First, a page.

“Like with all procedures of this kind,” Dr. Karkvandeian added with caution, “it doesn’t work for everyone.” “However, a study of the five-year follow-up of Cleveland Clinic mild procedures shows encouraging results.”

Seventy-five individuals received mild® treatment at the Cleveland Clinic between 2010 and 2015. Of that group, only 9 needed additional lumbar surgical decompression during a 5-year follow-up afterwards¹.

“We will continue to learn more from clinical studies that will follow this one,” Dr. Karkvandeian said. “But for now, Cleveland Clinic’s experience provides an objective record of long-term success with mild. Our own direct experience with mild procedure outcomes with our patients remains positive.”


  1. Mekhail N, Costandi S, Nageeb G, Ekladios C, Saied O. The durability of minimally invasive lumbar decompression procedure in patients with symptomatic lumbar spinal stenosis: Long-term follow-up. Pain Pract. 2021 Nov; 21(8): 826-835 [PubMed]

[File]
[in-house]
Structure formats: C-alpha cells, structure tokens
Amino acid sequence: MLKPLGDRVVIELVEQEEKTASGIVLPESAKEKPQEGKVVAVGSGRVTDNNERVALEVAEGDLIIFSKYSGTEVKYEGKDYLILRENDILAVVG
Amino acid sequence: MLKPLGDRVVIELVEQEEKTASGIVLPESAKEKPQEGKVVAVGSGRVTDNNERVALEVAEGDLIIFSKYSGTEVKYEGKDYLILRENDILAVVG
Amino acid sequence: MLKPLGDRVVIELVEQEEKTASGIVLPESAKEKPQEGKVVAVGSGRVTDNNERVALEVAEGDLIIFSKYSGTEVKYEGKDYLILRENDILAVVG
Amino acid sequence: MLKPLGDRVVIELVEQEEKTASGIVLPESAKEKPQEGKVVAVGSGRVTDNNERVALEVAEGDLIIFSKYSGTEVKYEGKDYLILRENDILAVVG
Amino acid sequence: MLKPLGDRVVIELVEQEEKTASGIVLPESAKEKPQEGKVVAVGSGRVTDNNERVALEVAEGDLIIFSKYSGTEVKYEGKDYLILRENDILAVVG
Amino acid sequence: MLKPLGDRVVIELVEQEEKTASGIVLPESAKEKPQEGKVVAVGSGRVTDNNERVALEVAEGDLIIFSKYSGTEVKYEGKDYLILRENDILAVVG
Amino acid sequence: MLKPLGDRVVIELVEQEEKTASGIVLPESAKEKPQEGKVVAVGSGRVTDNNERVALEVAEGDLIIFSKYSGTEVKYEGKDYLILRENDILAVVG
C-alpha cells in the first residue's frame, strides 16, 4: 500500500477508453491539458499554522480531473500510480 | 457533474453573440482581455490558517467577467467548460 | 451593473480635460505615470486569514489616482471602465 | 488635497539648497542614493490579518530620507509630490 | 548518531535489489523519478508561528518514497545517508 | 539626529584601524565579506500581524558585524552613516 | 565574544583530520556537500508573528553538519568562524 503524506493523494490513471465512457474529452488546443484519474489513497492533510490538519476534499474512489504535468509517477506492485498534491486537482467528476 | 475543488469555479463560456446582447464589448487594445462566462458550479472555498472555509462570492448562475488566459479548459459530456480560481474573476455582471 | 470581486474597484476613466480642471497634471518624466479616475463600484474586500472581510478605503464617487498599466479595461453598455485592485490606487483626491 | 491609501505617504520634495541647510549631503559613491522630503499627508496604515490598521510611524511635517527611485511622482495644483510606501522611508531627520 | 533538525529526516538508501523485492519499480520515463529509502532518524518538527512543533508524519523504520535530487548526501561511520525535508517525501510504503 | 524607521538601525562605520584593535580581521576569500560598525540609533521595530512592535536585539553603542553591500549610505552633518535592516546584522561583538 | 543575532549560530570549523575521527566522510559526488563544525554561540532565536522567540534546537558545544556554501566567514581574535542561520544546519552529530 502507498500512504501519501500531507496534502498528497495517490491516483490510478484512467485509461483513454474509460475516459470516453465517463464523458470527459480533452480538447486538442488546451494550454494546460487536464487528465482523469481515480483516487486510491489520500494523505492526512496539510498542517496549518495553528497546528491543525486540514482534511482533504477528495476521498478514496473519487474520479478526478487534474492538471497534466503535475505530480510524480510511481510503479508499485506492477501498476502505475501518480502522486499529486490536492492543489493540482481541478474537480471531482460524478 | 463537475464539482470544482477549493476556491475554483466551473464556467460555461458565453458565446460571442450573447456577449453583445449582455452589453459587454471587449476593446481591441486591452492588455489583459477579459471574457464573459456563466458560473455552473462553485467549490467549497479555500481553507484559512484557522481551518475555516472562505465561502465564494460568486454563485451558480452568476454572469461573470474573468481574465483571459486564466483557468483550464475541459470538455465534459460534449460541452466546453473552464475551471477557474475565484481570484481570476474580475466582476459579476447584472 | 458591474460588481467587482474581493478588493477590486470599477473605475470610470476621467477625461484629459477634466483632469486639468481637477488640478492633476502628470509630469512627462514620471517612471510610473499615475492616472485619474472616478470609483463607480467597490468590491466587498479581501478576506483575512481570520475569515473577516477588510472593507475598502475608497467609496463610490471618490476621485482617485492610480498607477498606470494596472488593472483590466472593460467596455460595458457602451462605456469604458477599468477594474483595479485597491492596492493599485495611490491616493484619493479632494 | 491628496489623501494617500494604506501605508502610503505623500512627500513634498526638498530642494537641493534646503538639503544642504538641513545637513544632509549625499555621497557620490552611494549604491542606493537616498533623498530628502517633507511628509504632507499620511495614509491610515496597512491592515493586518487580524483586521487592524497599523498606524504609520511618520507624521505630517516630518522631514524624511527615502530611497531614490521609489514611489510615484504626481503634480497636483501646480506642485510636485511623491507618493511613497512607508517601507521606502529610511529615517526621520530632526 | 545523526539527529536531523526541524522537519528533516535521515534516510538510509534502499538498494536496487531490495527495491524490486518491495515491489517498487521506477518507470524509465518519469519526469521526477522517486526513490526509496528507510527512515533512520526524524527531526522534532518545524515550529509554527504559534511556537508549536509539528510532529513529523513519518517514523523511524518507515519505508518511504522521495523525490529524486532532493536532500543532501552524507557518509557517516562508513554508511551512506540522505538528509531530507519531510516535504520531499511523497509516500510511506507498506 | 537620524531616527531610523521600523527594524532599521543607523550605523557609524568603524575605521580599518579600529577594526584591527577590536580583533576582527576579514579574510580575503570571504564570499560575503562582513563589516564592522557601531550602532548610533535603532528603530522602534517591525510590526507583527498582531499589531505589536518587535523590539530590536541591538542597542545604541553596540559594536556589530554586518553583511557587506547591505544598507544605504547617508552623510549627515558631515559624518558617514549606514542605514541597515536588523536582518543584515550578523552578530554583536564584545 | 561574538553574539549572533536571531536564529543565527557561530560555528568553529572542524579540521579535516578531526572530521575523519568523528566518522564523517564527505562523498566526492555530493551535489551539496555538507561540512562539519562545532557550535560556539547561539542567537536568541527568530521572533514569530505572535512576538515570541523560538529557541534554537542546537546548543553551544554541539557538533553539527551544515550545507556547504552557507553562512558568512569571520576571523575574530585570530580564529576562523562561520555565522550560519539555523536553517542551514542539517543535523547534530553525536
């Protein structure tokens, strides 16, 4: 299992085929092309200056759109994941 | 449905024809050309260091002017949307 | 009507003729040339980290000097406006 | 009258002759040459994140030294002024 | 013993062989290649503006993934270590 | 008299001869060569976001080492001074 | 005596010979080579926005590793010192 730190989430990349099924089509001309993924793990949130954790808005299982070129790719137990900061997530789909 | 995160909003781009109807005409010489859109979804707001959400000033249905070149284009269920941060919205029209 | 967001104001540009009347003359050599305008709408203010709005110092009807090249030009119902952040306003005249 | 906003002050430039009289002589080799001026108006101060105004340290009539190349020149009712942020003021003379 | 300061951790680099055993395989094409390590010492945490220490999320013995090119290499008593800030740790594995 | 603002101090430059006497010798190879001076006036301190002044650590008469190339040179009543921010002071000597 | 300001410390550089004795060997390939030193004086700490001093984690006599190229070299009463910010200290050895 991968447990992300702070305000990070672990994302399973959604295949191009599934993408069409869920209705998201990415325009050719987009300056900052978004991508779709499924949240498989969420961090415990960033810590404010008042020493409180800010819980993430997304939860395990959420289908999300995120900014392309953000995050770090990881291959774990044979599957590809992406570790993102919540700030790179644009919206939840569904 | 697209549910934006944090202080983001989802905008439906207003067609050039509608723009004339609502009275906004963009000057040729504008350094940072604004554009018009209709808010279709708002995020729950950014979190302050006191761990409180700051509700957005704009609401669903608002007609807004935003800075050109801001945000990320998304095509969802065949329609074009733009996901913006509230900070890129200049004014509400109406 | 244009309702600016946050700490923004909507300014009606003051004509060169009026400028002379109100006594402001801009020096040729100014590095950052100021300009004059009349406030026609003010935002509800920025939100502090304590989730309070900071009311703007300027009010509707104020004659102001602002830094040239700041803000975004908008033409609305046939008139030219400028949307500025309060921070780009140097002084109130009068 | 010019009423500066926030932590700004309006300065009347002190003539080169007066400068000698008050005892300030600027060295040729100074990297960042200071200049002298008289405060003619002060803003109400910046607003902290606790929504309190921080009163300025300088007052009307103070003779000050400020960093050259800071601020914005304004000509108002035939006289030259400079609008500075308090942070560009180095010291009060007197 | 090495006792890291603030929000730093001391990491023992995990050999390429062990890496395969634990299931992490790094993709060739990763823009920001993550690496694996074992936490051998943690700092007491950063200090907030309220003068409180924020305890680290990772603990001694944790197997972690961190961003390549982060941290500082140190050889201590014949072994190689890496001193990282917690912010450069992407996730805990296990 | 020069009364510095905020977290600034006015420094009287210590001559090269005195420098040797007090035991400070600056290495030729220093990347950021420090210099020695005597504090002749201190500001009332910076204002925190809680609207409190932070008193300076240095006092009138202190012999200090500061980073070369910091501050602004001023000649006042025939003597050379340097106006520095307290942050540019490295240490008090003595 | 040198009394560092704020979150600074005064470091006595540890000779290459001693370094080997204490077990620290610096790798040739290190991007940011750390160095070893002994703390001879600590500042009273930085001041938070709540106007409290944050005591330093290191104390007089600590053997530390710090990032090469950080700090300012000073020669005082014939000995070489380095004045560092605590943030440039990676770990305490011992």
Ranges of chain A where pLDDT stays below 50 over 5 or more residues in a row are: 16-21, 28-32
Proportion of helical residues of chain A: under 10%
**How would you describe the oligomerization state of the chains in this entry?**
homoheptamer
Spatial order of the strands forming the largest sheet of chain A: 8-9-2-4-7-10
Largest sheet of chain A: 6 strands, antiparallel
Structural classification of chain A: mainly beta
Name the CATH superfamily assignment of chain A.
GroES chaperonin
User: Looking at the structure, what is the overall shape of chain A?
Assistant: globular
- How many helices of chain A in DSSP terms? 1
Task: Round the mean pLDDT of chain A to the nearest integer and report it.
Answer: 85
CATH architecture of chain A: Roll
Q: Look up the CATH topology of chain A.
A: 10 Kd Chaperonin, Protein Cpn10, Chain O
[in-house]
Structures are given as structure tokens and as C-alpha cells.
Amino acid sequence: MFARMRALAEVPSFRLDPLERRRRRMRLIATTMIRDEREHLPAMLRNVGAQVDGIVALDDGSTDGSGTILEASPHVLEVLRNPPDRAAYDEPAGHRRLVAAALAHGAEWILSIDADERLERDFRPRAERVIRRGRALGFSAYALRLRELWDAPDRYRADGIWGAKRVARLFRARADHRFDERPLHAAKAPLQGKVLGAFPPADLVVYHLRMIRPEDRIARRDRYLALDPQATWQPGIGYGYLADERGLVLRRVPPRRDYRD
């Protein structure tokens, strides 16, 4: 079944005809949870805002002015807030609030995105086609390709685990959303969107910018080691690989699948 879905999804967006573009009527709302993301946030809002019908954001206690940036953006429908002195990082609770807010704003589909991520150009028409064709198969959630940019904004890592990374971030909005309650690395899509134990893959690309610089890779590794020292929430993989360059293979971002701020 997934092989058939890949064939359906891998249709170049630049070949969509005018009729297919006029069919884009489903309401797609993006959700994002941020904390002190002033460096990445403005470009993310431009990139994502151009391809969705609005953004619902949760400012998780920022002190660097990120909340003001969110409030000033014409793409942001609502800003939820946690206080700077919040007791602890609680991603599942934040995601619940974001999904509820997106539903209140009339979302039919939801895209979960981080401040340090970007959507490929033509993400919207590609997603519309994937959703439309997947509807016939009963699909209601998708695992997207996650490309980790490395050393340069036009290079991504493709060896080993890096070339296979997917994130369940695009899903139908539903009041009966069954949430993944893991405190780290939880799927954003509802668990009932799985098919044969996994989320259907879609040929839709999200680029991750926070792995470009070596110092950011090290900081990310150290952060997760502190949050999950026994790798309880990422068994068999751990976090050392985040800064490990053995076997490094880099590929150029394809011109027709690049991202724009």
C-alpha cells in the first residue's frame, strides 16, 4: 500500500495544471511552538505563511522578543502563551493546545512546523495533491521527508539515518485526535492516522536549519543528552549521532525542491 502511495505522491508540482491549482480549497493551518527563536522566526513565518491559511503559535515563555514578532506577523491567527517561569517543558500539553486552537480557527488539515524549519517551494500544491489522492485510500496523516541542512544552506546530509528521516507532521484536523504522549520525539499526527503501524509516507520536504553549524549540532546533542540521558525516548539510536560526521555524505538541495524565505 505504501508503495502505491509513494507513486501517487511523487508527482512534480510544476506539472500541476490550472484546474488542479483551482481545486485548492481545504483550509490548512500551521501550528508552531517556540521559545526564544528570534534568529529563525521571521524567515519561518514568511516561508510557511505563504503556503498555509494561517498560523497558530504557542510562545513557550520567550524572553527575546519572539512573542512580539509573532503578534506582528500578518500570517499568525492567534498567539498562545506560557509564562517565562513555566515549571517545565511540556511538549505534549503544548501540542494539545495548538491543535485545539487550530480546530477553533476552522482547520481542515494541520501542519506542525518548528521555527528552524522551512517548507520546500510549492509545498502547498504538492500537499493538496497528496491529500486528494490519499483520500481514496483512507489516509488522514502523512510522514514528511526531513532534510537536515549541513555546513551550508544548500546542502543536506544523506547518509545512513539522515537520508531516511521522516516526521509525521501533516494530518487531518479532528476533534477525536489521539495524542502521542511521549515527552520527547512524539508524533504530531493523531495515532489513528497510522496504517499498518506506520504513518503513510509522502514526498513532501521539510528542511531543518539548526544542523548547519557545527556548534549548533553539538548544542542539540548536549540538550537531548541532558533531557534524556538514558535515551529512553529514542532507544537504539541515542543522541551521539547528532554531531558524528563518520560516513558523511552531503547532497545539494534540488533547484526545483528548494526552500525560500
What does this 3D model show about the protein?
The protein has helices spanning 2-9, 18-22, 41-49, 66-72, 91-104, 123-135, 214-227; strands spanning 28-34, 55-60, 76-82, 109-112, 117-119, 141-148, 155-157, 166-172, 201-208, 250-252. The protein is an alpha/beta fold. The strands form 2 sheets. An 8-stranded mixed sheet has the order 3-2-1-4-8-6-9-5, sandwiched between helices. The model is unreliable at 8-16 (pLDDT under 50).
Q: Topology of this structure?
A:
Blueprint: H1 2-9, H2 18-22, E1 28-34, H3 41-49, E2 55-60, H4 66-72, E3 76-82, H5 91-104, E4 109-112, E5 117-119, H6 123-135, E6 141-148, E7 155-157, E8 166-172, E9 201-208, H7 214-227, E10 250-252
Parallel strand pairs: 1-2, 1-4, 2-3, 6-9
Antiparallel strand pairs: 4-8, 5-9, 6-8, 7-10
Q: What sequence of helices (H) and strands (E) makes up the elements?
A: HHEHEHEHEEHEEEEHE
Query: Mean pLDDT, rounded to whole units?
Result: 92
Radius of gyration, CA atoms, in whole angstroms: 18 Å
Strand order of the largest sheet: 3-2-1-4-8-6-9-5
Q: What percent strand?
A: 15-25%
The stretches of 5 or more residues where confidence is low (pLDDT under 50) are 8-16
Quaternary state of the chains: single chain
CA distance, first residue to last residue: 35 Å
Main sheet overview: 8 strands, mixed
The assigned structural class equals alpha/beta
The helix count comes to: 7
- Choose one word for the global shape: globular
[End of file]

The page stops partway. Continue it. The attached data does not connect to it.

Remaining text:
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Complex regional pain syndrome (CRPS) is a chronic and painful condition usually affecting the arms or lower extremities. The impacted extremity may involve the pelvis, groin, hip, knee, ankle, or foot. It can develop due to an injury, surgery, stroke, or heart attack. In some cases, it can occur without an apparent cause.

Those suffering from CRPS often have pain far out of proportion to whatever caused it. In addition to burning or throbbing pain, symptoms may include swelling, joint stiffness, muscle spasms, temperature sensitivity, and skin changes.

It is important to begin treatment of CRPS early. When it first appears, it presents the easiest opportunity to improve symptoms. But this condition can be a challenge to treat.